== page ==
LONDON – With a swift and successful vaccine campaign underway, the path seemed clear not long ago for Prime Minister Boris Johnson to remove all of England’s coronavirus rules on June 21, ending restrictions he resisted imposing. first.
But on Monday, Johnson postponed the moment dubbed “freedom day” by the tabloids for four weeks after a surge in cases of a new highly communicable variant that can cause more serious illness than previous variants. Restaurants and pubs in England, while open, will still have to observe social distancing rules indoors, limiting capacity, and nightclubs and theaters will remain firmly closed.
The decision, which will be reviewed in two weeks, sent a warning to the world that even well-vaccinated nations remain at risk and angered a noisy group of libertarian lawmakers within Johnson’s own party.
Today the average number of new cases in Britain is around 8,000 a day, doubling every week in the worst affected areas. Hospital admissions have started to rise. And the impact of the Delta variant across the country has already sparked alarm in other European countries, including Germany, which has introduced a travel ban.
In Britain, around four-fifths of adults have received one dose and more than half have received a second injection. But people on a single dose are still susceptible to cases of the Delta variant, more so than to earlier versions of the virus, the scientists said. And a steady rise in infections in younger, unvaccinated people could trigger a dangerous wave of hospitalizations.
That has helped convince many epidemiologists that lifting the restrictions now could, in the worst case, produce as many hospital cases as in the first wave of the pandemic, overwhelming the National Health Service just as it is trying to do so. Faced with a backlog of backlogged procedures. that were postponed during the pandemic.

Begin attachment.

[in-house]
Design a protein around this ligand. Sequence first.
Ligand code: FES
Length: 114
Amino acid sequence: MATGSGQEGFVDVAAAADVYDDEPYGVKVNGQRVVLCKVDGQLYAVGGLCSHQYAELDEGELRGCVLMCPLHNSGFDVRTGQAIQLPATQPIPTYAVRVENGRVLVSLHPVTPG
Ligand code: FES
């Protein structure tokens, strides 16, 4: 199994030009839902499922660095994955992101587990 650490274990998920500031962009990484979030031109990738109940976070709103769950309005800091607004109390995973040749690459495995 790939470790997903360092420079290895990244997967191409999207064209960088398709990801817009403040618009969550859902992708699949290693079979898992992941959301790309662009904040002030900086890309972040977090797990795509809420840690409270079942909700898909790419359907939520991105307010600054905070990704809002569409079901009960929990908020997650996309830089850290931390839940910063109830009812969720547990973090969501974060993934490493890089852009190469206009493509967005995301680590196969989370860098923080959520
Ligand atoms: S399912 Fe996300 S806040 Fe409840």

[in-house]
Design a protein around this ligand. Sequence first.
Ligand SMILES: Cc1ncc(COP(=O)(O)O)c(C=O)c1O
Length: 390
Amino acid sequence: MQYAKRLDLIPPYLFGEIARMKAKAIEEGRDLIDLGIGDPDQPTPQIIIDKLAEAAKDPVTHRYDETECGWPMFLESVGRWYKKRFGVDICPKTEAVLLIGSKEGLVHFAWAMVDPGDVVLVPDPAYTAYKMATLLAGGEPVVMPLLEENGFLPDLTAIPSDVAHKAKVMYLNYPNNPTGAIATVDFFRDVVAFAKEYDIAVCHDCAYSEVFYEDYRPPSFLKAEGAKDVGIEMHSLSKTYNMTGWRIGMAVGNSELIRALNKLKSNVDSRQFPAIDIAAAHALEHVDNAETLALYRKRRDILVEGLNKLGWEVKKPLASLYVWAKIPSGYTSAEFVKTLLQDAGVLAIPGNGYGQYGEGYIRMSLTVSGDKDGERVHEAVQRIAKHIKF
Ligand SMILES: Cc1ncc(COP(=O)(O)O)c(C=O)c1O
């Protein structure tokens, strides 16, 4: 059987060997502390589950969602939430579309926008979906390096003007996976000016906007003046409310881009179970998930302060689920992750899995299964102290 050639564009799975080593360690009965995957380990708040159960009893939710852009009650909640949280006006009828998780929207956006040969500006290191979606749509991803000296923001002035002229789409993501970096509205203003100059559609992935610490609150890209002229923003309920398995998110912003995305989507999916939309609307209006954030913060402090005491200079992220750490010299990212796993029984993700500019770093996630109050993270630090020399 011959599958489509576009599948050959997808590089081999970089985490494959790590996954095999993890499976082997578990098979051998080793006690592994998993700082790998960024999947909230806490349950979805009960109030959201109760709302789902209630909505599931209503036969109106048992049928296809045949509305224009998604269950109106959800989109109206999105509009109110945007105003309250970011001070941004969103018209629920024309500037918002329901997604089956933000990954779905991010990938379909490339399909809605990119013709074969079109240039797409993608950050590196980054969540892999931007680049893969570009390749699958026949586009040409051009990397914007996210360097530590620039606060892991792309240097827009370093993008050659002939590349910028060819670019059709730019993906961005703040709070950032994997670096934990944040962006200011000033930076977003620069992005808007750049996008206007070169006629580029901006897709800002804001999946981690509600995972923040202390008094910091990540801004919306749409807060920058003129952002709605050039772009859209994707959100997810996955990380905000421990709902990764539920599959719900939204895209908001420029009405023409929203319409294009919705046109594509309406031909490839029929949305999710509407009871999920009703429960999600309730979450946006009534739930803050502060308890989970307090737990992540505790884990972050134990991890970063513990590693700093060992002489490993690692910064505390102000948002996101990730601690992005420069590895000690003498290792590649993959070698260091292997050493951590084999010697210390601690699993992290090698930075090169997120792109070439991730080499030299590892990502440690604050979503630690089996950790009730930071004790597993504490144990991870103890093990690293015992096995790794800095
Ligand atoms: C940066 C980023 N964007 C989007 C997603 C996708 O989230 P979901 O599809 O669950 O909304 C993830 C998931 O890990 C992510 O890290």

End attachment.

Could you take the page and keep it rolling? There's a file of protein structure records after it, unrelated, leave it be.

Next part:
At a news conference in Downing Street, Johnson said it was sensible to wait “a little longer” before lifting the sidewalks, noting that “even if the link between infection and hospitalization has weakened, it has not been broken.”
Expressing confidence that he will be able to remove the remaining restrictions on July 19, Johnson added that “at a certain point, we will have to learn to live with the virus and manage it as best we can.”
Since it was first sampled in Britain almost four months ago, the Delta variant, which was initially detected in India, has spread across the country, surpassing even the dangerous Alpha variant that took hold from earlier. Recent studies show that 96 percent of new cases are now of the Delta variant.
And the variant now appears to be outpacing other versions of the virus in parts of the United States and Canada as well, and some scientists say they expected that trend to continue.